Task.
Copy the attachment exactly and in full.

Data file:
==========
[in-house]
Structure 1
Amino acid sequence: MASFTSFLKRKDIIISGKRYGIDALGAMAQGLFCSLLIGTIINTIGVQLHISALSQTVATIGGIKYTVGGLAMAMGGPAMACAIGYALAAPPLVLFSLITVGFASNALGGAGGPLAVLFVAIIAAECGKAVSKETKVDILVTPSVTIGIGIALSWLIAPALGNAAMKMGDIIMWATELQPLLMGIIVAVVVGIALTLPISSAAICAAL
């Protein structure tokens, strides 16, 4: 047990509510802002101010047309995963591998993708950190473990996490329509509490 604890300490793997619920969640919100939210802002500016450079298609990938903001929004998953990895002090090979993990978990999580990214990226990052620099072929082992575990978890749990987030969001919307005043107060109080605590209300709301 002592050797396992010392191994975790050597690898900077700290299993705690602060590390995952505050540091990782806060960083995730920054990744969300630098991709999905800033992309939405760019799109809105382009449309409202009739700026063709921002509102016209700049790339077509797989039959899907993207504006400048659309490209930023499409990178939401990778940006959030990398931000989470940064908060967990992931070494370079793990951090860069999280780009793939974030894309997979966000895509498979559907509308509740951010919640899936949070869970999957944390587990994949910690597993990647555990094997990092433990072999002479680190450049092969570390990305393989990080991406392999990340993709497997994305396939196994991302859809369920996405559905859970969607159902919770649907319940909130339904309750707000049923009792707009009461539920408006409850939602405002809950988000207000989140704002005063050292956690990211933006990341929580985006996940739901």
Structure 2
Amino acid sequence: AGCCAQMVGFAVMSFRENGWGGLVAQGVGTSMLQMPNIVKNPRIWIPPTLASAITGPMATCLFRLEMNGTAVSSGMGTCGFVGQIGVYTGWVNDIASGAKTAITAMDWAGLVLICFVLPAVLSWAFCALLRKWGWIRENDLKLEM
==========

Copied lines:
[in-house]
Structure 1
Amino acid sequence: MASFTSFLKRKDIIISGKRYGIDALGAMAQGLFCSLLIGTIINTIGVQLHISALSQTVATIGGIKYTVGGLAMAMGGPAMACAIGYALAAPPLVLFSLITVGFASNALGGAGGPLAVLFVAIIAAECGKAVSKETKVDILVTPSVTIGIGIALSWLIAPALGNAAMKMGDIIMWATELQPLLMGIIVAVVVGIALTLPISSAAICAAL
């Protein structure tokens, strides 16, 4: 047990509510802002101010047309995963591998993708950190473990996490329509509490 604890300490793997619920969640919100939210802002500016450079298609990938903001929004998953990895002090090979993990978990999580990214990226990052620099072929082992575990978890749990987030969001919307005043107060109080605590209300709301 002592050797396992010392191994975790050597690898900077700290299993705690602060590390995952505050540091990782806060960083995730920054990744969300630098991709999905800033992309939405760019799109809105382009449309409202009739700026063709921002509102016209700049790339077509797989039959899907993207504006400048659309490209930023499409990178939401990778940006959030990398931000989470940064908060967990992931070494370079793990951090860069999280780009793939974030894309997979966000895509498979559907509308509740951010919640899936949070869970999957944390587990994949910690597993990647555990094997990092433990072999002479680190450049092969570390990305393989990080991406392999990340993709497997994305396939196994991302859809369920996405559905859970969607159902919770649907319940909130339904309750707000049923009792707009009461539920408006409850939602405002809950988000207000989140704002005063050292956690990211933006990341929580985006996940739901």
Structure 2
Amino acid sequence: AGCCAQMVGFAVMSFRENGWGGLVAQGVGTSMLQMPNIVKNPRIWIPPTLASAITGPMATCLFRLEMNGTAVSSGMGTCGFVGQIGVYTGWVNDIASGAKTAITAMDWAGLVLICFVLPAVLSWAFCALLRKWGWIRENDLKLEM